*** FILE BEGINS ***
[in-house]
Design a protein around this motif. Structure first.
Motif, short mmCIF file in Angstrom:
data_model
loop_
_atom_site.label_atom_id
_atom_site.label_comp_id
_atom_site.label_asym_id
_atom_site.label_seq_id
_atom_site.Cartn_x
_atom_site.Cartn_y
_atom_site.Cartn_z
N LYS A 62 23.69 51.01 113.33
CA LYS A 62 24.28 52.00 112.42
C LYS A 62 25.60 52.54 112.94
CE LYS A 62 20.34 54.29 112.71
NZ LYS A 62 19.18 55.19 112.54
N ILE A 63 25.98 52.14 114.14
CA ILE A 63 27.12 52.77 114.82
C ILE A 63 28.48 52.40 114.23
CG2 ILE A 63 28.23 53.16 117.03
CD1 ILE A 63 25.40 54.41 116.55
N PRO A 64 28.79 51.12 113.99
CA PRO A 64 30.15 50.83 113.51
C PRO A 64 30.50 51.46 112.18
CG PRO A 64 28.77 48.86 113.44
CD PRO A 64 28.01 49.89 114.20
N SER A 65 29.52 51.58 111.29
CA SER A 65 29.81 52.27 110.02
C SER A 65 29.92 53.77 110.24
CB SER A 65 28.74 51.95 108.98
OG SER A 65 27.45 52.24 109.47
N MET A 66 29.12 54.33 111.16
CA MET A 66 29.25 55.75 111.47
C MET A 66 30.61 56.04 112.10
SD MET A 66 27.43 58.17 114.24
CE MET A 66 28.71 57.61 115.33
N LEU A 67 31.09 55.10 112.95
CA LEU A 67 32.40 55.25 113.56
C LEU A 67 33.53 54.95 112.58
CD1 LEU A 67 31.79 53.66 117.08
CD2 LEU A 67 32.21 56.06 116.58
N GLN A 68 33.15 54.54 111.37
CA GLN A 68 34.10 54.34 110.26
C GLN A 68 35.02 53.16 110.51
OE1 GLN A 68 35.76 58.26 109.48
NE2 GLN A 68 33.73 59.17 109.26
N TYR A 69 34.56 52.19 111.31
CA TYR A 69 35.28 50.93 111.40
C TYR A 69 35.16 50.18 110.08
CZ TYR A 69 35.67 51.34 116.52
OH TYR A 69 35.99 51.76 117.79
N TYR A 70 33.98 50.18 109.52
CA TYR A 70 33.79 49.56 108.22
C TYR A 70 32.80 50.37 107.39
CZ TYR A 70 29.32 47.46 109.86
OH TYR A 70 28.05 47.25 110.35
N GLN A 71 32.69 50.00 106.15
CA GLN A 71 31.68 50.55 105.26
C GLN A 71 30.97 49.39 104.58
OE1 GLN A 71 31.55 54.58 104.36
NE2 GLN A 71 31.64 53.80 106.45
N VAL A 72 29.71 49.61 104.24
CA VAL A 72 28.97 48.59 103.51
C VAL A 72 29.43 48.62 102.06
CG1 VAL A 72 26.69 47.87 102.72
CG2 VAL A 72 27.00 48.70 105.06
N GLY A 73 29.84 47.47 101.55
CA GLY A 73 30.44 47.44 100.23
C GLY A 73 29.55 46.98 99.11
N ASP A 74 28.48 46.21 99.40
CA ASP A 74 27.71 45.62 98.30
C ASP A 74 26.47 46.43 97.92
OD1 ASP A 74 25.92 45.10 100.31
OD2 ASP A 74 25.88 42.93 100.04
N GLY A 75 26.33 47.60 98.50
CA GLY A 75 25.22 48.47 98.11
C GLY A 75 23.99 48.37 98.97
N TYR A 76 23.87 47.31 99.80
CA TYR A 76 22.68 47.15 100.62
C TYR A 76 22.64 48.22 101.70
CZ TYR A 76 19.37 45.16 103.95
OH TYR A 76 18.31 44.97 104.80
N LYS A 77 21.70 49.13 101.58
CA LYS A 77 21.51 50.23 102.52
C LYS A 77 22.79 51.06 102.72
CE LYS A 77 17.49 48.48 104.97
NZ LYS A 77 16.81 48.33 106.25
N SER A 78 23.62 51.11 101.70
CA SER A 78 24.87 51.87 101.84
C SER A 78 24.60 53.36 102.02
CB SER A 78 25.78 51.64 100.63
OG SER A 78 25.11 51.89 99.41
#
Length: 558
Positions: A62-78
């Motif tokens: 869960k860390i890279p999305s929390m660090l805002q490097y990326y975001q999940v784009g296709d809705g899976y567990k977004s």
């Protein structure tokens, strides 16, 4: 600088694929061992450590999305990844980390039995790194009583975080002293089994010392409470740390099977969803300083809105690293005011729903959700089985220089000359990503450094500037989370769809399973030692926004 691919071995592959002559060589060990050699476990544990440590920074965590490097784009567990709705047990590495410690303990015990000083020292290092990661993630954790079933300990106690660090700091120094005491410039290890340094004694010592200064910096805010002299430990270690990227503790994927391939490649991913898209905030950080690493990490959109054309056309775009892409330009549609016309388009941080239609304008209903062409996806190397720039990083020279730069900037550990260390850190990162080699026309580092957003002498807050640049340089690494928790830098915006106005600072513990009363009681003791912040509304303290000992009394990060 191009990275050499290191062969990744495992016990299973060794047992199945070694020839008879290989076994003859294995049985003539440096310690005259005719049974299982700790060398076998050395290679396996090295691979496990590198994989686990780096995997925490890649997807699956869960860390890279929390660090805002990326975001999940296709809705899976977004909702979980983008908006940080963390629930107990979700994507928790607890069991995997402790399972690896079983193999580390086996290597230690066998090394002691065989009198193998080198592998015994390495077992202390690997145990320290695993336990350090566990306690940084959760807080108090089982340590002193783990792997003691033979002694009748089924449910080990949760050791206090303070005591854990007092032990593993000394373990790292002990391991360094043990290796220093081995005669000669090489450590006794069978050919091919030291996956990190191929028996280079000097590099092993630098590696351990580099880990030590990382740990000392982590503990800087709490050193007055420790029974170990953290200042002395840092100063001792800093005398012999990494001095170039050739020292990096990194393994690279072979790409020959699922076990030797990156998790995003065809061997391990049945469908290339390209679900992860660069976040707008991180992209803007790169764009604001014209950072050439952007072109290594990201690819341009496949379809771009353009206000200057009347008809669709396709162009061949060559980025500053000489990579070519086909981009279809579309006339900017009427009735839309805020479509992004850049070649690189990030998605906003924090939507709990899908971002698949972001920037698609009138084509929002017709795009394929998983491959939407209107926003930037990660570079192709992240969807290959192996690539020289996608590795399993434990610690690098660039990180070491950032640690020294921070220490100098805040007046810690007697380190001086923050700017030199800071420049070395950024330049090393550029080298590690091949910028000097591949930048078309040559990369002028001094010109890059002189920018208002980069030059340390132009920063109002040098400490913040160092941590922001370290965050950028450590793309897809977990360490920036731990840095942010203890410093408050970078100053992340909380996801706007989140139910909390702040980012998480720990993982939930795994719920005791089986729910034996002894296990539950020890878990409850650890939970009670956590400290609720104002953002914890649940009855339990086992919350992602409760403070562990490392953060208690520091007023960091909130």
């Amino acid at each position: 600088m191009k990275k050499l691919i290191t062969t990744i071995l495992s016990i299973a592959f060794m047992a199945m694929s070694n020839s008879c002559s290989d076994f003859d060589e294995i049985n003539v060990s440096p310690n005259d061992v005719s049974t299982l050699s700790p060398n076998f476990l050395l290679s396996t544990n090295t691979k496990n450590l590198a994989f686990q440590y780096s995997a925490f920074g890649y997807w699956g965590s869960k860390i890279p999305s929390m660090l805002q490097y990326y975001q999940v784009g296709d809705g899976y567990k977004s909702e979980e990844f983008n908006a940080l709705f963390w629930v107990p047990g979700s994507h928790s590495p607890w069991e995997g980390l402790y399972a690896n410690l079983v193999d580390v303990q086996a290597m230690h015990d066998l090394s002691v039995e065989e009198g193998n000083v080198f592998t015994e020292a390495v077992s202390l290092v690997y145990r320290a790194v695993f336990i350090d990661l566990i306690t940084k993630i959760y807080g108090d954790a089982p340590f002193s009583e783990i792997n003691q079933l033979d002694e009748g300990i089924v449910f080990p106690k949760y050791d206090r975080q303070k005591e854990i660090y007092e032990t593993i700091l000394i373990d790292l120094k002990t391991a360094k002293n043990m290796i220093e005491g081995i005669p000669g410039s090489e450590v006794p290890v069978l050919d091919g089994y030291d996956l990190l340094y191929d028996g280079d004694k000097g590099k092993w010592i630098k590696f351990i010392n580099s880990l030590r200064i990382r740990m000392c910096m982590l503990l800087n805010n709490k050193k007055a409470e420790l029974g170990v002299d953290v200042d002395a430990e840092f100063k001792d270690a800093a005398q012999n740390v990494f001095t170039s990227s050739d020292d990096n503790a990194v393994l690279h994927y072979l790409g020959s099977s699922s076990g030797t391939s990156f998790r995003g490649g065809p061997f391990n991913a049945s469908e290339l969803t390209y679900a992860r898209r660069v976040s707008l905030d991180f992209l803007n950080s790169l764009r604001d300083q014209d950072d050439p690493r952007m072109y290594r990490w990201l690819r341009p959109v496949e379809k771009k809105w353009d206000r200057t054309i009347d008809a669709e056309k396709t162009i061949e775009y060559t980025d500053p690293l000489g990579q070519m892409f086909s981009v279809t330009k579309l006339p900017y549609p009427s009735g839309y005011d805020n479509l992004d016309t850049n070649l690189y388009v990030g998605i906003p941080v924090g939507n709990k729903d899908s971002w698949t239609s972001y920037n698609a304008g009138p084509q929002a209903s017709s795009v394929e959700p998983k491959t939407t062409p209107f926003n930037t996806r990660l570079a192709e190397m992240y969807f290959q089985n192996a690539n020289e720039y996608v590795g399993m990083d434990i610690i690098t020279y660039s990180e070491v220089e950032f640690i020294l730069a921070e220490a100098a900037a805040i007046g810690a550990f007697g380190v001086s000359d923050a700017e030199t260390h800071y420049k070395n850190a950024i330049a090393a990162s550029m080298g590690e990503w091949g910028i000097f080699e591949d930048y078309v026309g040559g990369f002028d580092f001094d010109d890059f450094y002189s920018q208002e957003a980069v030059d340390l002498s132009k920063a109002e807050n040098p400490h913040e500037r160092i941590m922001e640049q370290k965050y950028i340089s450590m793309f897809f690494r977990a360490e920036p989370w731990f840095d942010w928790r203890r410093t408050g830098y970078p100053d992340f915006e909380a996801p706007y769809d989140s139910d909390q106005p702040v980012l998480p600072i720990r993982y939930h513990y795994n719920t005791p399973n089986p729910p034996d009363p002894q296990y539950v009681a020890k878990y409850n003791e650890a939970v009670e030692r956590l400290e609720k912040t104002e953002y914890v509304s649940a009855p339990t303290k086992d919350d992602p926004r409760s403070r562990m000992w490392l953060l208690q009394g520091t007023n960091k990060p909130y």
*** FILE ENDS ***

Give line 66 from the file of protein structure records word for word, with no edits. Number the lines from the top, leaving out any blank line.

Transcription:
CG1 VAL A 72 26.69 47.87 102.72